Hardboiled and Hard Luck are two novellas in one book. The first story has a supernatural element beginning with the story teller’s walk through a forest and arriving at her hotel in a small village. In the forest, she already has a sense that something strange is in the air. The second story finds Kuni in hospital on a ventilator with her sister remembering their past closeness and trying to come to terms with her eventual death. Continue reading “Banana Yoshimoto’s — Hardboiled/Hard luck & The Lake *****”
Through the voices of her characters, Han Kang recounts the Gwangju uprising against continued repressive South Korean governments from Park Chung-hee’s stronghold to Chun Doo-hwan — another army general who assassinated Park. The army is brought in and fires indiscriminately at demonstrators. Our journey begins with the collection of bodies and parents trying to identify their children. Decades later, we learn that the after effects of this tragedy still linger.
This is not a novel for the faint at heart. It hits hard with real facts, and the writing is powerful. I’m impressed by a translation that didn’t seem to water down the emotional repercussions or gory details.
Blackout is about characters who travel back in time to view different historical events during World War II, but after they arrive, there’s a mess up in the time travel lab, and they find themselves stuck in Oxford, England. Continue reading “Connie Willis’ — Blackout and All Clear*****”
This week, instead of sharing a five out of five novel, I’m posting a children’s story from Calgary’s Centre for Global Community’s new division — Humainologie. This charity uses art, including film to spread empathy, increase inclusion and reduce discrimination. You can find their short films on their website — humainologie.com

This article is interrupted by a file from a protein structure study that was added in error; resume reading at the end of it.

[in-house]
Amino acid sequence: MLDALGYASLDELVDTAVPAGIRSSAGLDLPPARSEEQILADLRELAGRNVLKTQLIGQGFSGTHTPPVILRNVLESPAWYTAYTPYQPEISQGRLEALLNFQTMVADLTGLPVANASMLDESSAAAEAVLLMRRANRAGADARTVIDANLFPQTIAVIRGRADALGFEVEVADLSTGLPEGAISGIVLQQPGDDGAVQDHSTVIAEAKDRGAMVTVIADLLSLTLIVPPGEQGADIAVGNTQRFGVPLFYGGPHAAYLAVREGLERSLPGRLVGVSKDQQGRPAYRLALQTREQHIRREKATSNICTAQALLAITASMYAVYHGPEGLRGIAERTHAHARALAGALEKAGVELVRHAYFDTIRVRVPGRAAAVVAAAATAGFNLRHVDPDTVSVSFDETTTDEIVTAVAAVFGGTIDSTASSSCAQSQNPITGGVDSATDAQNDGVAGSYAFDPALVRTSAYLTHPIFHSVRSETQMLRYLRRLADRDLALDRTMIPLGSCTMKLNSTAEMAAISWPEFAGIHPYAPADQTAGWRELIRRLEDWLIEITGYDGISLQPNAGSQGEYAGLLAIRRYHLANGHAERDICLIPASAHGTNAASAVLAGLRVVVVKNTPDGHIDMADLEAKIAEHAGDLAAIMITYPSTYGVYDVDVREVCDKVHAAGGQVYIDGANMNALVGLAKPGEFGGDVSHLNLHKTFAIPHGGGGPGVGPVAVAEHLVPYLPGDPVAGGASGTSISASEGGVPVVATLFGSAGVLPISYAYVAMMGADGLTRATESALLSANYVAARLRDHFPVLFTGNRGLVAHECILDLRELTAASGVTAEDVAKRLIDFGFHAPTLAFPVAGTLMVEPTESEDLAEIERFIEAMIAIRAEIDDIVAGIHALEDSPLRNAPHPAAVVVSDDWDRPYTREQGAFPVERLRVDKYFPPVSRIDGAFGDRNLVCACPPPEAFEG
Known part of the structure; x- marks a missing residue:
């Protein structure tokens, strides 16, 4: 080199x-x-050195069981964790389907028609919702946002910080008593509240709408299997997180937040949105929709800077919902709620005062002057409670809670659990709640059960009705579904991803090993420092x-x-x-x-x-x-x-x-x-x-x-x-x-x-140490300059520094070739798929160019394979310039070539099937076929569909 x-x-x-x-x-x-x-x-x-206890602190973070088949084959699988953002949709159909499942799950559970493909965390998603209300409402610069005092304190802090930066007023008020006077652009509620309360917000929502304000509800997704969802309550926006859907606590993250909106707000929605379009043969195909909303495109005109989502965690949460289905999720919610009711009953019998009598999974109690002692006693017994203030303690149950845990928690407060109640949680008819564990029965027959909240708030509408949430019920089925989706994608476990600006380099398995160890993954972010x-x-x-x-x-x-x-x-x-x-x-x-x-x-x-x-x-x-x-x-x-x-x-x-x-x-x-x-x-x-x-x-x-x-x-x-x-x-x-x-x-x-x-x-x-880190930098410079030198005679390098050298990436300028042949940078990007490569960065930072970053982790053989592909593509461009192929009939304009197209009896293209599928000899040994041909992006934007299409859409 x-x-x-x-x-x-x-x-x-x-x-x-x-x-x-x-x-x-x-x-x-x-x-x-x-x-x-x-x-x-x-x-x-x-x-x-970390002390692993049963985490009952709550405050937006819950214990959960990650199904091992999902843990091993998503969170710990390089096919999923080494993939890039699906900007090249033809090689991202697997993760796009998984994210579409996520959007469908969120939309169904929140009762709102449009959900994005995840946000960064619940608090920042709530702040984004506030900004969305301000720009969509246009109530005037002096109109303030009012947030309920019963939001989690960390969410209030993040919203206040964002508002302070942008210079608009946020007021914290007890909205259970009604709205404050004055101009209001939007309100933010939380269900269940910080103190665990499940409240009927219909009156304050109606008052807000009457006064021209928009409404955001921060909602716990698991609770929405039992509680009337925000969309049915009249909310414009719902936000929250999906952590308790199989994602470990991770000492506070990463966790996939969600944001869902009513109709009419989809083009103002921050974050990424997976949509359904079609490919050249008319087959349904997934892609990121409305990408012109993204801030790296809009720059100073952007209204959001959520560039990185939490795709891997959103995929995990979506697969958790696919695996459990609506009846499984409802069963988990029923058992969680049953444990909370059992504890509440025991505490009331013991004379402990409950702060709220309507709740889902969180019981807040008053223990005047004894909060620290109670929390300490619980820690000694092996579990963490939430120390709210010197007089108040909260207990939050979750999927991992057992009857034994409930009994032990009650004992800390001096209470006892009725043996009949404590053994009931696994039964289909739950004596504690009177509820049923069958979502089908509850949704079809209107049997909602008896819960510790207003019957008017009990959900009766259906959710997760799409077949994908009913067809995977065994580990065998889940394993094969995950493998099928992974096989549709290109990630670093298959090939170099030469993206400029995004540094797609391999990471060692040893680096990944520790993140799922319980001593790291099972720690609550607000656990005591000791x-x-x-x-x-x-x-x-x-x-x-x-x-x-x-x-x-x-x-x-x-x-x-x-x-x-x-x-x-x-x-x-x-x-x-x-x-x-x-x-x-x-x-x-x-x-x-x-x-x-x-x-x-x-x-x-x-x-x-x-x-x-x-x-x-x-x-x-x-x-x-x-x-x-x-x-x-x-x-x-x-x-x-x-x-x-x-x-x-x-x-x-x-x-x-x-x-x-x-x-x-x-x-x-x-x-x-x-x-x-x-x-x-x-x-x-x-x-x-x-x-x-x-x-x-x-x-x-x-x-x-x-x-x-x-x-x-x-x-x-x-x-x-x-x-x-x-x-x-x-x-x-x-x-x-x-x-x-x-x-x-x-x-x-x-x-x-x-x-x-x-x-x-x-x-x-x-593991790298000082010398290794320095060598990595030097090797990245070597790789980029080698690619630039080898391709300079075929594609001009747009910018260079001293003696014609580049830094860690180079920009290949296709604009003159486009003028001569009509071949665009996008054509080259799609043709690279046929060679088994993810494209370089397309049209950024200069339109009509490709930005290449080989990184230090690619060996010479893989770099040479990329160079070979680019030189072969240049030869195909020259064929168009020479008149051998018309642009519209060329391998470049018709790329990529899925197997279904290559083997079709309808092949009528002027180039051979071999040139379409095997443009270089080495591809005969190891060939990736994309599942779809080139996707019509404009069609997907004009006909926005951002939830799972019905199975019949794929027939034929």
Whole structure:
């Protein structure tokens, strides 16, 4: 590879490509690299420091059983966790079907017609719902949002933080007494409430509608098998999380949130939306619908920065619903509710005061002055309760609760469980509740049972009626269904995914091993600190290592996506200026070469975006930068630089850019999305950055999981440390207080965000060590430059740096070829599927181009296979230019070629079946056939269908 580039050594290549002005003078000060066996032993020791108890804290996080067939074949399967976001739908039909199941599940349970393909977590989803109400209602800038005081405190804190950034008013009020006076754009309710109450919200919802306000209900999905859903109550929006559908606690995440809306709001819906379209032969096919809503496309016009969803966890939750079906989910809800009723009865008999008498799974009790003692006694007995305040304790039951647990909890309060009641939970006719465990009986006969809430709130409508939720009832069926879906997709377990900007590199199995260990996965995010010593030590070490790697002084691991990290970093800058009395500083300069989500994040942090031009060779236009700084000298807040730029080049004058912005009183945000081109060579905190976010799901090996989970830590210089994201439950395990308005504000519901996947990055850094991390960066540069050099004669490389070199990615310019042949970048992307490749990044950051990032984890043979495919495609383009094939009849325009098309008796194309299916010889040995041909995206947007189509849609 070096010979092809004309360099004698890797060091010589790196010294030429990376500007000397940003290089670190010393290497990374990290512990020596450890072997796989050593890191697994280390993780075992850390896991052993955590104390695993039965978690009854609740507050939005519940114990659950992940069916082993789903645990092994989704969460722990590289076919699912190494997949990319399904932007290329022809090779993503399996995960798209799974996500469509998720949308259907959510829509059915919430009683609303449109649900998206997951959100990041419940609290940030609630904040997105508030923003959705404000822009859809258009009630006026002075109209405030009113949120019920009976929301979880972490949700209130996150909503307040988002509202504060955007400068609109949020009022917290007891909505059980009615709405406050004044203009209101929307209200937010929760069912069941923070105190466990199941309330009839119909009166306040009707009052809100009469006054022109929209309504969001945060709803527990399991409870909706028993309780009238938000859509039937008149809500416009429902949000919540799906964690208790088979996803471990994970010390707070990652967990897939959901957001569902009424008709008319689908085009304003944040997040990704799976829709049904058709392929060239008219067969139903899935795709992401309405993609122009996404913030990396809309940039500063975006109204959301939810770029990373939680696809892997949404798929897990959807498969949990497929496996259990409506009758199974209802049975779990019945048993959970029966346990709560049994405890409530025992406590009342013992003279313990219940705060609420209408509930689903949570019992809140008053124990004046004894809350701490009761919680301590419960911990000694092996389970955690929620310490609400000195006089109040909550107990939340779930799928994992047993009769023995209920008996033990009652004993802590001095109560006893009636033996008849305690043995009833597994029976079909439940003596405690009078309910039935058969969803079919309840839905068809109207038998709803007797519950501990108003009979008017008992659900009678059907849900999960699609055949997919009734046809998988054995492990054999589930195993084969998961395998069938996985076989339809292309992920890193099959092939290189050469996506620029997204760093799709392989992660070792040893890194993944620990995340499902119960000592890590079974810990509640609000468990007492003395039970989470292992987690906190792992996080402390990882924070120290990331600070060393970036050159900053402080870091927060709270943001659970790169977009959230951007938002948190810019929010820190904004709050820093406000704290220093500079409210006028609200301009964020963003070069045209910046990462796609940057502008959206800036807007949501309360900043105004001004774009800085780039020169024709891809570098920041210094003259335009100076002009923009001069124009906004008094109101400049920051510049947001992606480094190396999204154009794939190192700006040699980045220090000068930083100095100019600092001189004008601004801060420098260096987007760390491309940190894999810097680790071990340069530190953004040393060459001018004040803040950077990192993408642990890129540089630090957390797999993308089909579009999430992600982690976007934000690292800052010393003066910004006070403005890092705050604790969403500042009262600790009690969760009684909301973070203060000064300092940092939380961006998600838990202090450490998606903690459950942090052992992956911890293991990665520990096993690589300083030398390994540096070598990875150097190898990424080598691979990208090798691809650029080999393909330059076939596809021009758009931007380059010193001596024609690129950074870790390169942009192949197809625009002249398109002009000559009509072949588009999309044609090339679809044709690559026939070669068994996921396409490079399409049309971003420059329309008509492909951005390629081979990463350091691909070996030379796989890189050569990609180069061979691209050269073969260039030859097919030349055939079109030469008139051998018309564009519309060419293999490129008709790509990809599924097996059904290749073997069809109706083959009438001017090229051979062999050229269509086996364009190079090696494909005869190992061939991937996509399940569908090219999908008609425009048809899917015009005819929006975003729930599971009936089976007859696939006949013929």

This is a daunting tale of Maori settlers along New Zealand’s Bay of Plenty in the late 1700s. As the population expands, the need for more resources and the tribe’s ability to fight against neighbouring tribes is paramount.
This is an accurate account of Maori life and cultural beliefs before the onslaught of the Pakeha invasion.
Because Li’s father has lost his fortune in Malaysia, he reluctantly asks his daughter to become a ghost bride to a rich family whose son has recently died. While this is a strange arrangement, the marriage will mean she has a home for life.
This is a unique and strange tale of Li’s discovery of the spirit world around the secrets of both families.
Five Japanese girls were sent by their government to the U.S.A. in 1871 to learn Western ways. While they were raised traditionally at home, they grew up as typical schoolgirls in their new country. Three of the girls: Sutematsu, Shige and Ume; returned after ten years to try to change women’s education. Continue reading “Janice P. Nimura’s — Daughters of the samurai *****”